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So you end up with divergent sects reading from subtly different versions of the same book — which in turn is a third-generation translation of something which might have been the original codification of an oral tradition — and all convinced that their interpretation overrides such minor obstacles as observable reality. Which still wouldn’t be a problem except that some of the readers think the books are an instruction manual rather than a set of educational parables, a blueprint instead of a metaphor.

Charles "Charlie" Stross (b. 1964) British writer
The Apocalypse Codex (2012)
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Added on 2-May-17 | Last updated 2-May-17
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Art does not reproduce the visible; rather, it makes visible.

Paul Klee (1879-1940) Swiss-German artist
“Creative Credo,” sec. 1 (1920)
 
Added on 31-Jan-17 | Last updated 31-Jan-17
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The good may prove to be a hidden form of evil. The evil may prove to be a new and not yet recognized form of the good.

Nikolai Alexandrovich Berdyaev (1874-1948) Russian religious and political philosopher
The Destiny of Man, 2.4.1 (1931) [tr. Duddington (1955)]
 
Added on 29-Dec-15 | Last updated 29-Dec-15
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Heaven will solve our problems, but not, I think, by showing us subtle reconciliations between all our apparently contradictory notions. The notions will all be knocked from under our feet. We shall see that there never was any problem.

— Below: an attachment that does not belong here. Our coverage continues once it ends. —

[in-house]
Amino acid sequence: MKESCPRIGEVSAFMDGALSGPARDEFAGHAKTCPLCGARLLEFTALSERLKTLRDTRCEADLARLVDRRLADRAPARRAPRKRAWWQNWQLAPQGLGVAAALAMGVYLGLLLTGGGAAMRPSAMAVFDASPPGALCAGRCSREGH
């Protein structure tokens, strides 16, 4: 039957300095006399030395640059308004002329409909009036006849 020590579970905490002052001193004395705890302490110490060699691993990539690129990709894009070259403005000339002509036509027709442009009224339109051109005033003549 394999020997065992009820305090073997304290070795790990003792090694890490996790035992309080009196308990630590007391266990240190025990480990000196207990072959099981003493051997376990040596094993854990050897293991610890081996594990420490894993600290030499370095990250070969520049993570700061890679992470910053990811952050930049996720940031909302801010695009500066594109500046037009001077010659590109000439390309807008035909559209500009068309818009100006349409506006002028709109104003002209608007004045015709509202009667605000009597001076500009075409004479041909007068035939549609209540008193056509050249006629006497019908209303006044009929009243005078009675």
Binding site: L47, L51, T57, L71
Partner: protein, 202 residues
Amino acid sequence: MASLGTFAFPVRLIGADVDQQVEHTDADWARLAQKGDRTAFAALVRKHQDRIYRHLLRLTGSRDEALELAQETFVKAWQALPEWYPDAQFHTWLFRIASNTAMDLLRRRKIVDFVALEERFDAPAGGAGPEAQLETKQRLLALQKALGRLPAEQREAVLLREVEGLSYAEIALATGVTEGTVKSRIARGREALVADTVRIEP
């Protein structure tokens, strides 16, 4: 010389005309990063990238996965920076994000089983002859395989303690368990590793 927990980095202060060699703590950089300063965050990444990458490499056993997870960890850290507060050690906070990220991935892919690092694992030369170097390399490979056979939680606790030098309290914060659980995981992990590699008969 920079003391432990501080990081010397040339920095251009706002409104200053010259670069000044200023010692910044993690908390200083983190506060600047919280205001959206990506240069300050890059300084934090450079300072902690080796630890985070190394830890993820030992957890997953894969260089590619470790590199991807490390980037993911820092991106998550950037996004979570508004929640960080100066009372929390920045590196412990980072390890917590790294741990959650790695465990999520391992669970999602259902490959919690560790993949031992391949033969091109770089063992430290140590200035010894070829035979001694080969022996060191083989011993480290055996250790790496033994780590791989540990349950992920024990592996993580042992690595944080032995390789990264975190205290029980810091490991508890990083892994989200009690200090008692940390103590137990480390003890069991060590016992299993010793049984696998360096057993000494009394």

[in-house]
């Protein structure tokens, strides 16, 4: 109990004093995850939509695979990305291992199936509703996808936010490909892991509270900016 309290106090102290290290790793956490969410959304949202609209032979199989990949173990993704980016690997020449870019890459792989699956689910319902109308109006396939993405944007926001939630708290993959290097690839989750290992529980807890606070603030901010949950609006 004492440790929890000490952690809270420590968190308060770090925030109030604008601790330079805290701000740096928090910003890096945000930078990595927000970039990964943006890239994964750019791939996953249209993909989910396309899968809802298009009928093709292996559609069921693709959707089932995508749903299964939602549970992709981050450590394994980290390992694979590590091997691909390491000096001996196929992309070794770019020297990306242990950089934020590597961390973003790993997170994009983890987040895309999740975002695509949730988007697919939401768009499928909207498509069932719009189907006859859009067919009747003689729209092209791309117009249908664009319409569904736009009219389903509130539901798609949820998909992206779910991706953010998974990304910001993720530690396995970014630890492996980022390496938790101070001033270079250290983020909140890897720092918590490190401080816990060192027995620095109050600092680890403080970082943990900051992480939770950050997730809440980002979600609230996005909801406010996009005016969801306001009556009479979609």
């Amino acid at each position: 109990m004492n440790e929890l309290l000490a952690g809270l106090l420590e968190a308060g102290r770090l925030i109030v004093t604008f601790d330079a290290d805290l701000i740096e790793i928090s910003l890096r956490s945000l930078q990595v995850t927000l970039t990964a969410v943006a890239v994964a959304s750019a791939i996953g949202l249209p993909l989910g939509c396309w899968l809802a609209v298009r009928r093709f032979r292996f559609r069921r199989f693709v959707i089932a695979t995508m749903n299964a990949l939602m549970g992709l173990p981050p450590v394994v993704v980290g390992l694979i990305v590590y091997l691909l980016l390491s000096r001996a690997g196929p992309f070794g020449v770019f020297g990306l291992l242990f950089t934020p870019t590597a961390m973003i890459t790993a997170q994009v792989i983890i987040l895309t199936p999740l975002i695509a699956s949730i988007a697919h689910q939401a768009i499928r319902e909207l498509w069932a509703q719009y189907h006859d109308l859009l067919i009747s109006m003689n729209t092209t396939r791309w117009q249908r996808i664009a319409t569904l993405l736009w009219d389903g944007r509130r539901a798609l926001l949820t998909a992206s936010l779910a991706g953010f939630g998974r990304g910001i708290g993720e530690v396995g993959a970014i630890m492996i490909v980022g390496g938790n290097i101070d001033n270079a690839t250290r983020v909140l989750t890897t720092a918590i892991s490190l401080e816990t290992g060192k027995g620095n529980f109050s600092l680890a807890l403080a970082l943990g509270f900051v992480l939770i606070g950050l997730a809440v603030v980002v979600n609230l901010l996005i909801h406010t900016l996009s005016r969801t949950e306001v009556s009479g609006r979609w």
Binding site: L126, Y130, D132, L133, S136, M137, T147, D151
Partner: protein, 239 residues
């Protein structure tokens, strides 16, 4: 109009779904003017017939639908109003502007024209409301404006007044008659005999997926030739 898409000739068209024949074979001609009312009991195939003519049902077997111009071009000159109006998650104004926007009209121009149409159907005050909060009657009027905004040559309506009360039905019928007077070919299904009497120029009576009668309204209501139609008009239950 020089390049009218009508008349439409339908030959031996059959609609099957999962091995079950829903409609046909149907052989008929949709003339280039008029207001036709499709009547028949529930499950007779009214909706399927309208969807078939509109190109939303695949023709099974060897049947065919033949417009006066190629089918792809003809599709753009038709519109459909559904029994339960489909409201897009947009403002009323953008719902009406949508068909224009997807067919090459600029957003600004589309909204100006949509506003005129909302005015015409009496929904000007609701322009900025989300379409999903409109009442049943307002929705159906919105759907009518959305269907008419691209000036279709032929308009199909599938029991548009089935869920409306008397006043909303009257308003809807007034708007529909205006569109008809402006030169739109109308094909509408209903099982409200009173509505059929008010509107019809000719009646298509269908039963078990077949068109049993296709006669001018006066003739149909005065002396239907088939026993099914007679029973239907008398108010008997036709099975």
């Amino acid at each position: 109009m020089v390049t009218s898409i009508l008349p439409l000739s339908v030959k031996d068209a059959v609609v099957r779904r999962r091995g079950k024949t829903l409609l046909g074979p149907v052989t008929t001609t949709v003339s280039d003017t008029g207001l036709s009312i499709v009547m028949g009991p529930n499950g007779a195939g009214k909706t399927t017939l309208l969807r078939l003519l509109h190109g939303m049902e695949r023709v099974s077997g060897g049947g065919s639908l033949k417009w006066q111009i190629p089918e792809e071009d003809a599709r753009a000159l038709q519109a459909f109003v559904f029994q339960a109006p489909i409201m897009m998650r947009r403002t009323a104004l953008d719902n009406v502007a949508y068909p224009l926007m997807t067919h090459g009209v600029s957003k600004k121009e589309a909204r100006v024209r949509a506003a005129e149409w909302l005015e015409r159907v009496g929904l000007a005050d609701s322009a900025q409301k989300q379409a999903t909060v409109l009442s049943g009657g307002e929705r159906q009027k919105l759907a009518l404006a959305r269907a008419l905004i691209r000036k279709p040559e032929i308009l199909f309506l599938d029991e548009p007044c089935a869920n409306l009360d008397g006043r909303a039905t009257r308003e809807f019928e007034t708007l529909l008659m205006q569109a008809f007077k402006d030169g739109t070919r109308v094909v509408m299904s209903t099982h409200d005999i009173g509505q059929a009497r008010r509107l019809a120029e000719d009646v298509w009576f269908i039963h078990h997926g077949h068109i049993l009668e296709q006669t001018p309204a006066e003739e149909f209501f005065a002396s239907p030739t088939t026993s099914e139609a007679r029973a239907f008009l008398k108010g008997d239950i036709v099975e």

C. S. Lewis (1898-1963) English writer, literary scholar, lay theologian [Clive Staples Lewis]
A Grief Observed (1961)
 
Added on 30-Sep-15 | Last updated 30-Sep-15
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Albert grunted. “Do you know what happens to lads who ask too many questions?”

Mort thought for a moment. “No,” he said eventually, “what?”

There was silence.

Then Albert straightened up and said, “Damned if I know. Probably they get answers, and serve ’em right.”

Terry Pratchett (1948-2015) English author
Mort (1987)
 
Added on 22-Jul-15 | Last updated 22-Jul-15
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Now because 18 months ago the first dawn, three months ago broad daylight, but a very few days ago the full sun of the most highly remarkable spectacle has risen — nothing holds me back. I can give myself up to the sacred frenzy, I can have the insolence to make a full confession to mortal men that I have stolen the golden vessel of the Egyptians to make from them a tabernacle for my God far from the confines of the land of Egypt. If you forgive me I shall rejoice; if you are angry, I shall bear it; I am indeed casting the die and writing the book, either for my contemporaries or for posterity to read, it matters not which: let the book await its reader for a hundred years; God himself has waited six thousand years for his work to be seen.

Johannes Kepler (1571-1630) German astronomer
The Harmonies of the World [Harmonices Mundi], Book 5, Introduction (1618)

Alt. trans.:
  • "It may well wait a century for a reader, as God has waited six thousand years for an observer." [in David Brewster, The Martyrs of Science; or, the Lives of Galileo, Tycho Brahe, and Kepler (1841)]
  • "It may be well to wait a century for a reader, as God has waited six thousand years for an observer."